The closer of Fossora, “Her Mother’s House,” features her daughter, Ísadóra, who is 19, in a touching lament about Björk’s newly empty nest. “It’s me trying to make fun of myself,” Björk says. “Sometimes I’m very graceful, letting go when my kids leave. But sometimes I’m very clumsy the next day.”

Did any of Björk’s choices in bringing up her daughter diverge from how her mother raised her ? She gazes outside, watching candyfloss clouds settle on the mountaintops’ shoulders. “My mother didn’t talk so much about her feelings,” she eventually says. “I would always want to understand how I got made, and why my parents were not still together. And she didn’t want to talk about that. So I decided to tell my daughter a lot of stuff.”

She believes children can withstand more than their parents tend to think. “If you don’t know something, it becomes this taboo that gets a lot more energy than it actually has. So I’ve tried to share—with limits. I want to take the mystery off some of my choices.”

Björk remains a mother figure to hordes of very online fans, many young and from queer communities. Her fanbase routinely floods her social media posts with toxicity-free hype, exchanging trivia and recirculating YouTube classics like her charming explanation, in the late ’80s, of a TV set’s mysterious workings. Her cross-generational appeal, I suggest, is a rare source of good on the internet.

“I’m really blushing,” she says. “Do you think something of it has to do with the world finally being ready for matriarch music ? I was just so happy for Kate Bush to get that international hit, ‘Running Up That Hill.’ I’m not saying we’re going to take over, but I feel like all the hidden matriarchs out there are just crying : Finally, we don’t have to hide.”

Her homage to Bush, while clearly spontaneous, has the thoroughness of a preconceived thesis—as if, subconsciously, Bush’s Stranger Things-fueled resurgence had given Björk a sideways insight into her own mythology. In the ’80s, she recalls, Bush “was the only thing. It was her who was doing that. Everything else was patriarchy.” She laughs. “I’m sorry, I’m exaggerating—but she was the producer, she was making the environment she was singing in. That, for me, is the most matriarch environment. And I feel like the world, and Gen Z-ers—they’re ready for it.”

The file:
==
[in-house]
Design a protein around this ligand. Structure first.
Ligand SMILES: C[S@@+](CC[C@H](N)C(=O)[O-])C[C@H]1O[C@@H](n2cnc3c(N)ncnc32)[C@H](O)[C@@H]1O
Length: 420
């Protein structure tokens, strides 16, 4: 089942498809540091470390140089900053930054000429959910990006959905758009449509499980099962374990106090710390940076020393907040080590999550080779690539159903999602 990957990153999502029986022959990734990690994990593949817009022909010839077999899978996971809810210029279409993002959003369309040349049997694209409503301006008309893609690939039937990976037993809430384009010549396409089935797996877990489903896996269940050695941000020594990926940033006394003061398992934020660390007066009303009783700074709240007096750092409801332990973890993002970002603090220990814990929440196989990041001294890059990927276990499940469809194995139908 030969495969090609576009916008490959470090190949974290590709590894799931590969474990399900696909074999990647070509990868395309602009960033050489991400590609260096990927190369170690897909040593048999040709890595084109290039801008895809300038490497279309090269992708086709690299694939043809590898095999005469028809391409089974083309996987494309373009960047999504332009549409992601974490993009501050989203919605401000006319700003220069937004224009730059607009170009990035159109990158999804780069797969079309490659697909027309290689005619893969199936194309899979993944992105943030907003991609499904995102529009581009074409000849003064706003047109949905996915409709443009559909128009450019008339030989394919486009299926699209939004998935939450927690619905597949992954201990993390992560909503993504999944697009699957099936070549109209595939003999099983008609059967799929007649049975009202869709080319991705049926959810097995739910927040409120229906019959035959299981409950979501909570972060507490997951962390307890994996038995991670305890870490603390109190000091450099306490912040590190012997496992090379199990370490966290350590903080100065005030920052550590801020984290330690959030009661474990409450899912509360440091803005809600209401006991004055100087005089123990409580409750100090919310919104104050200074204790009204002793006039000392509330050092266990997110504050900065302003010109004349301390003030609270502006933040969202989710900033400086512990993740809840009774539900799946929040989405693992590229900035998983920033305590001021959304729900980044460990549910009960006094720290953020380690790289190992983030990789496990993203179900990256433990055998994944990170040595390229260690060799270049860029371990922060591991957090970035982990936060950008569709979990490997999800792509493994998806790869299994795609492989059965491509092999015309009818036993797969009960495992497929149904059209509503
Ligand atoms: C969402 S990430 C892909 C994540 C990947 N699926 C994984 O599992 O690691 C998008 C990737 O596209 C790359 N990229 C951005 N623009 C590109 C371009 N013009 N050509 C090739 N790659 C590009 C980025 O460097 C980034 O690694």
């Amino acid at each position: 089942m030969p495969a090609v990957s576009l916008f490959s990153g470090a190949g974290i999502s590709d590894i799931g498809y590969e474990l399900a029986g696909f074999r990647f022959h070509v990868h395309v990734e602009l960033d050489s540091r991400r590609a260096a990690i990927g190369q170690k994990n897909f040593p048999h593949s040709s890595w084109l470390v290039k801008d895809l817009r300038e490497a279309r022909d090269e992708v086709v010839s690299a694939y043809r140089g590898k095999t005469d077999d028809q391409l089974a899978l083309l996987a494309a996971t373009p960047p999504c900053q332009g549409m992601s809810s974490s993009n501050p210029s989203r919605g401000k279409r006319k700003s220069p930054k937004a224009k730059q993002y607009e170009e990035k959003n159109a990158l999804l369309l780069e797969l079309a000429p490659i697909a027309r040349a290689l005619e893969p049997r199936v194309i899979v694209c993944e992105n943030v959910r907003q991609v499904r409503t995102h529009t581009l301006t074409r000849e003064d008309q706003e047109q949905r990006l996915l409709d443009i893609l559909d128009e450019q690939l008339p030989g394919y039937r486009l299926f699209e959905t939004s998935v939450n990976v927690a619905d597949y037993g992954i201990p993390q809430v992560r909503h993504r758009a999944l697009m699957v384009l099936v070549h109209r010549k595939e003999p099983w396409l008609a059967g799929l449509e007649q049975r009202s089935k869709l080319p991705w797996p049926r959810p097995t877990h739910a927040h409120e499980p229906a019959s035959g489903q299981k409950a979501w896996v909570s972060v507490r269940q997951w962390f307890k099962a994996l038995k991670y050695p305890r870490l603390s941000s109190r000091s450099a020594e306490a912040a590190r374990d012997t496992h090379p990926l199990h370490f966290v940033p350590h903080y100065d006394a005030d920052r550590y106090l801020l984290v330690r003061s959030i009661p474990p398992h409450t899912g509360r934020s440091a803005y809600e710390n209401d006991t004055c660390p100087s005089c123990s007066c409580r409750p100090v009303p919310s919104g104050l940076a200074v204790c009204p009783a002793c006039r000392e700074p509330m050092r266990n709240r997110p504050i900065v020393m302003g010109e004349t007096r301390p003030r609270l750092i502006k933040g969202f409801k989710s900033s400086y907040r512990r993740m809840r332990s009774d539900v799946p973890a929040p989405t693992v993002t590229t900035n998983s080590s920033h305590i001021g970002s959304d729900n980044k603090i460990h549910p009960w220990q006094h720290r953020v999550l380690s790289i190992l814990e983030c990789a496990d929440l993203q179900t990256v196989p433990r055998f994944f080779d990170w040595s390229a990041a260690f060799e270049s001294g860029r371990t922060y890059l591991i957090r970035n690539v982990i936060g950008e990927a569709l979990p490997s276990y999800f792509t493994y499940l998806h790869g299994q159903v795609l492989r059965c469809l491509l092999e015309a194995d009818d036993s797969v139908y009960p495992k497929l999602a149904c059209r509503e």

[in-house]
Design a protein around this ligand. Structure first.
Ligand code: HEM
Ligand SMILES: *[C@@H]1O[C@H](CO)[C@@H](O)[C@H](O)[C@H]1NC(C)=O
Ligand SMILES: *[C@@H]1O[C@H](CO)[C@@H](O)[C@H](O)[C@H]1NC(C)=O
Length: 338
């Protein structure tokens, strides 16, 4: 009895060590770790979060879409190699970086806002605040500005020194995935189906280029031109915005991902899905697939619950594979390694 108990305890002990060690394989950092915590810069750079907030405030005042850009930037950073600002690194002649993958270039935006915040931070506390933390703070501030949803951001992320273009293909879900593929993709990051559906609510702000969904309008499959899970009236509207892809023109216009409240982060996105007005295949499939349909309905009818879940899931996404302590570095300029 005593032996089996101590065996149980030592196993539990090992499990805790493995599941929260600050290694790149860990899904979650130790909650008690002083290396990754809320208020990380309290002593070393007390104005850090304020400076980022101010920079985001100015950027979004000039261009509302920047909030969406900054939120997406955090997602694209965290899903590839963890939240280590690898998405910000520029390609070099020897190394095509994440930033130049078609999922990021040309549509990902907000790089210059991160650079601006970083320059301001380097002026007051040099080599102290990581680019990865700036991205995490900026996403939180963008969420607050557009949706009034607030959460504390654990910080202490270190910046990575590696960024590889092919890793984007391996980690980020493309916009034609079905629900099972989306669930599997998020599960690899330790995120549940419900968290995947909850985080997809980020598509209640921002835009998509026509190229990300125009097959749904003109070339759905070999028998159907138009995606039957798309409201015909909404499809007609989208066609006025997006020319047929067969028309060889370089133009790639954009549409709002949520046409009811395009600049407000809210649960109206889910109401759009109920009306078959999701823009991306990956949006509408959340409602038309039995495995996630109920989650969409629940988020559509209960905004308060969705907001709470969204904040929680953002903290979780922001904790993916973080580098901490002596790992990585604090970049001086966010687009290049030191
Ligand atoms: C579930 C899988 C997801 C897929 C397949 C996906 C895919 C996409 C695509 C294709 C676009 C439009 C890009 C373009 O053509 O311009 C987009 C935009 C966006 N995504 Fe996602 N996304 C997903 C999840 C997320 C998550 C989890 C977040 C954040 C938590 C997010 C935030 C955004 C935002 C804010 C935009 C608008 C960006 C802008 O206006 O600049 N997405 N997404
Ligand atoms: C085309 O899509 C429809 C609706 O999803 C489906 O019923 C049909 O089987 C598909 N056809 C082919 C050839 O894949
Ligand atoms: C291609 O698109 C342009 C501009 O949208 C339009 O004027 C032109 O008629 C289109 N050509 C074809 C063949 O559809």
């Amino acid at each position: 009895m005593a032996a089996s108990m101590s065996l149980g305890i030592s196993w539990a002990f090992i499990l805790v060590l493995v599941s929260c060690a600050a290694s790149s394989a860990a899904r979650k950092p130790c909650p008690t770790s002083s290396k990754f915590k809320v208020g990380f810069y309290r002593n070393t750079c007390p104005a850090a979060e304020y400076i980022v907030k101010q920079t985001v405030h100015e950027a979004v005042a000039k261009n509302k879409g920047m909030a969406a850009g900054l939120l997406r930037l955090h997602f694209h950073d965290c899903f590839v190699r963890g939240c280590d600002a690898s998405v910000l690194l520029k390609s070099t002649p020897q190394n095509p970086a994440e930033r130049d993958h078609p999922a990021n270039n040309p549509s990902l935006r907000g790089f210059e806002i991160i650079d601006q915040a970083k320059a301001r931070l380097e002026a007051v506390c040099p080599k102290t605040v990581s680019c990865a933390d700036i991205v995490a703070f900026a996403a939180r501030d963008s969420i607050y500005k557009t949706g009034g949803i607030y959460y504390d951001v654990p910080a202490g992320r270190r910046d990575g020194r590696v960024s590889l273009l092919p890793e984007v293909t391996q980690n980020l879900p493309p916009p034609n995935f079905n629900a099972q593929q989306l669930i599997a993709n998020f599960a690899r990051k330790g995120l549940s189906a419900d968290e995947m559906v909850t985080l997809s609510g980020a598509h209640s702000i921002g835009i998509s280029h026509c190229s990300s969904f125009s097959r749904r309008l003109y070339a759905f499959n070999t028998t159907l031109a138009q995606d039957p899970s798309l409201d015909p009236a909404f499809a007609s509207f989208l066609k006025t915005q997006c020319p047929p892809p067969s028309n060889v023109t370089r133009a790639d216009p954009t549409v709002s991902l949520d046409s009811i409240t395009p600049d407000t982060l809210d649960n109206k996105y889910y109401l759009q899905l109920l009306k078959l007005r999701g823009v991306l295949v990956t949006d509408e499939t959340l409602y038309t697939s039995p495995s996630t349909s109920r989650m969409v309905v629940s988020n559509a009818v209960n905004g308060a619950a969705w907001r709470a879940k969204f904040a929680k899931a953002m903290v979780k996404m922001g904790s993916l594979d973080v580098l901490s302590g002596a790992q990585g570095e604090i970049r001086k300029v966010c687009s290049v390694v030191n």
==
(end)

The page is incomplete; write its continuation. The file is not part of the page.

After a quick beachside photoshoot, Björk says goodbye to the cabin and hops back into the Land Rover. Among downtown Reykjavík’s backstreets, hunting for a suitably enormous parking space, she reaches what most of us would consider a dead end—a No Entry sign guarding a higgledy-piggledy one-way street. Where the road cuts off, two people hover in wary contemplation of the seven-seater rumbling towards them. Its determined driver peers past their questioning faces, her eyes aglow.

One of the pedestrians, sensing where this is going, demonstratively scowls at the No Entry sign and then back at the windscreen, eyes bulging with law-abiding outrage. A grin animates Björk’s face like a spirit seizing her from within. “He’s not Icelandic,” she assures me, twizzling the wheel. “This is what Icelandic people do.”

She flings the Land Rover into the narrow jaws of the street’s outflow. Halfway along, she pauses to consider a parking space wide enough for approximately half of her vehicle. We sit motionless as the dashboard rattles to the young UK rapper Shygirl’s gloriously filthy party-starter “BDE”—part of a seven-hour playlist that pinballs from Angolan kuduro to South African gqom to a recital by an Icelandic women’s choir. In a concession to material reality, Björk moves on from the space and swerves out of the one-way street, thunking the brakes in a nearby enclosure plastered with tow-truck signs.

Adrenaline boosted, she pounces out the door and power-walks to a nearby wine bar. She orders a bottle of champagne and hammers out a flurry of texts constituting the friends-of-Björk bat signal.

Soon enough, respondents descend, including a sweetly disheveled local trio called sideproject, who she hails as “Gen Z beat geniuses.” (On Fossora, they contributed percussion to “Ovule,” having been briefed to channel the lurid sounds of Star Wars’ Mos Eisley cantina band.) Their attention stirs something in Björk. After a few more drinks, practically vibrating, she jumps to her feet and leads a trek to her favorite record store, 12 Tónar. The plan is an impromptu DJ set, but she peers through the window to find no sign of life, no staff to schmooze, just a cardboard cutout of her younger self staring back from the shop floor.

par Jazz Monroe publié dans Pitchfork